2017 NHL Draft Preview: WOW

Nico v.s Nolan, the question that will plague us for the next 2 months

This is an article I certainly didn’t expect to be writing. The New Jersey Devils won the draft lottery Saturday night and will be picking first overall in the upcoming NHL entry draft. It’s an unprecedented turn of events (much like the potential return of a former Russian superstar). The Devils are now in the position to draft the first line center they have desperately needed. There is only one person to thank- John Moore.

Without his overtime goal against the Flyers on April 4th the Devils could have been stuck picking 7th (also if this goal had come in regulation it would be the Jets, not the Flyers, picking 2nd overall). All hyperbole aside, it is now time to examine the options the Devils have with their draft pick.

The battle for first overall this year has been dominated by Nolan Patrick of the Brandon Wheat Kings and Nico Hischier of the Halifax Mooseheads- two centers who had very different seasons. Both are capable of becoming franchise first line centers, but each comes with their own distinctions.

Patrick was the consensus 1st overall pick before an injury ravaged year

Nolan Patrick is a prototypical NHL two-way center. Standing 6’3” and weighing 198 lbs, he already has NHL size. Patrick excels in his versatility. He has the ability to beat his opponents in multiple ways at any moment. If Patrick has the space he can beat you with his shot. If he catches you flat-footed, he has the speed to blow past you. He has the size to outmuscle defenders and drive the net. If the defense hones in on Patrick and sends two guys to cover him, he has the playmaking ability to find the open man and get him the puck. All of this offensive skill and IQ is coupled with a mature defensive game to make an all-around complete player. None of these skills are on the level of Conner McDavid and Auston Matthews, but they do come together to create a player who can center a first line in the NHL.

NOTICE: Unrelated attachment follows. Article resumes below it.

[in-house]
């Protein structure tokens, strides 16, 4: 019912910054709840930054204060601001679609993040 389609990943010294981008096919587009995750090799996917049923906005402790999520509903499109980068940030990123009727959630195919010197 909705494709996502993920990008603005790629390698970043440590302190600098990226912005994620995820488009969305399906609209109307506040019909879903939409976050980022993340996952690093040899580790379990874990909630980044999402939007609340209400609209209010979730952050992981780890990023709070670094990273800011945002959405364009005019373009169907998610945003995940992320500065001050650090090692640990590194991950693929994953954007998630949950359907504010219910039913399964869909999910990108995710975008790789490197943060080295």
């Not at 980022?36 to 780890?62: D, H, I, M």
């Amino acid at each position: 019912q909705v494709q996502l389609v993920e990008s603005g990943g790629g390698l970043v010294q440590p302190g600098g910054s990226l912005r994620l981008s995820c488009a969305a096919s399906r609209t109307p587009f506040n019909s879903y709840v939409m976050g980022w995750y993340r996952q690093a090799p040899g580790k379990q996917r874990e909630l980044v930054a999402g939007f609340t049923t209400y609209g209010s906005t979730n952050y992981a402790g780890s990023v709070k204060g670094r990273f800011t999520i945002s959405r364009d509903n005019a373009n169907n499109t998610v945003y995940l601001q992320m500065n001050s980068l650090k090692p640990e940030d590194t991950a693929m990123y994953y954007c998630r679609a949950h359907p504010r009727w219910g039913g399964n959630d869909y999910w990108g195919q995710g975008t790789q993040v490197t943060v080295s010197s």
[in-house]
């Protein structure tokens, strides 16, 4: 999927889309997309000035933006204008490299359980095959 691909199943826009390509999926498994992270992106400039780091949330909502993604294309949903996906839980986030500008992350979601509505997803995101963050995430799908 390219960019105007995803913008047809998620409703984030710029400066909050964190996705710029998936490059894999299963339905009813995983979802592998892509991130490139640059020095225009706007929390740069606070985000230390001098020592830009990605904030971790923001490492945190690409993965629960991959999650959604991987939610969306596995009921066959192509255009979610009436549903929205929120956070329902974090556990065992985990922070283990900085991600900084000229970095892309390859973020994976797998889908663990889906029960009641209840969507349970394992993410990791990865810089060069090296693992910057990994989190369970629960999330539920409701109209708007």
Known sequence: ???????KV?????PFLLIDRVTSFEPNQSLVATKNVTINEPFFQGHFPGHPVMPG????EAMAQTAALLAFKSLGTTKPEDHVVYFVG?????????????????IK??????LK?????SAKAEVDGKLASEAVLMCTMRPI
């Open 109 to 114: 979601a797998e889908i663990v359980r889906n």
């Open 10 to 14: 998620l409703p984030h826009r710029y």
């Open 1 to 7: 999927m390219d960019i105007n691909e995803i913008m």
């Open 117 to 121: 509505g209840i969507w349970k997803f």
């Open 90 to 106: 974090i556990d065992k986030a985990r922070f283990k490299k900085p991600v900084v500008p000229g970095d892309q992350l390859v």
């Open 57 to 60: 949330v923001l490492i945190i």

The knocks on Patrick mainly stem from his health. Throughout his junior career (dating back to 2012), Patrick’s struggled to play a full season due to a myriad of nagging injuries. The most consistent has been a lower-body injury that was revealed this year to be a sports hernia. It caused Patrick to miss 34 WHL games, along with the World Juniors. He was reinjured later in the season and missed Brandon getting swept by Medicine Hat. These injuries, along with the depletion of the Wheat Kings roster, has also led to a minute drop in Patrick’s point production. It has been a rough season for Patrick but due to his track record, he still seems to have a hold on first overall.

Hischier may be the most offensively gifted player in this draft class

His main competition comes overseas, and is known as “The Swiss Conner McDavid”- Nico Hischier. He was ranked in the late-teens before the start of the season, but an explosive performance at the World Juniors coupled with a rampant scoring surge in the QMJHL catapulted him into conversation for first overall.

Hischier excels at driving offense. He is a smaller center, so he relies on his agility and elusiveness to create space for himself and his teammates. He’s incredibly quick and can stick-handle through the defense to create opportunities. His playmaking, creativity, and vision are arguably the best in this draft class. He has also excelled at not only playing at a high level, but helping make his teammates better. He has led some mediocre Switzerland teams into the playoffs of international tournaments that gave their opponents some commendable runs for their money. Even Halifax is lacking in high-end talent as their roster only harbors one NHL draft pick. It’s impressive Hischier is still able to be so effective, despite teams focusing on neutralizing him.

The knocks on Hischier are his size, ability to play center at the NHL level, and his slump at the end of the QMJHL season. Hischier stands 6’0” and weighs 174 lbs. Size is definitely an asset while playing center in the NHL, and Hischier will need to bulk up in order to effectively play this position at the pro level. This leads into the fact his speedy offensive-oriented game can often seem to fit the profile of an elite winger and not a center. It will be up to the team that drafts Hischier to decide if his skillset fits their idea of a center or if they will transition him to wing. Hischier also suffered major fatigue at the end of the QMJHL season and struggled to keep up his torrent scoring pace. It certainly wasn’t what scouts wanted their last impression of Hischier to be.

The Devils should draft Nolan Patrick. He fits the bill of a franchise first line center. He’s a complete hockey player who can step into the NHL next season and make an impact. He already has the size and skills, so it will just come down to Patrick adapting to the pace of NHL play (which he definitely will). The injuries are certainly a concern but none of them are career-endangering like a concussion or chronic back problem. It can even be speculated that if Patrick has played this well through these injury spells, he can be so much more than we’ve seen if he’s fully healthy. This opinion may change between now and the draft and the Devils will have plenty of time to do their research on Patrick and assess how severe these injuries were but as the information is right now, Nolan Patrick should be a New Jersey Devil come June 23rd.


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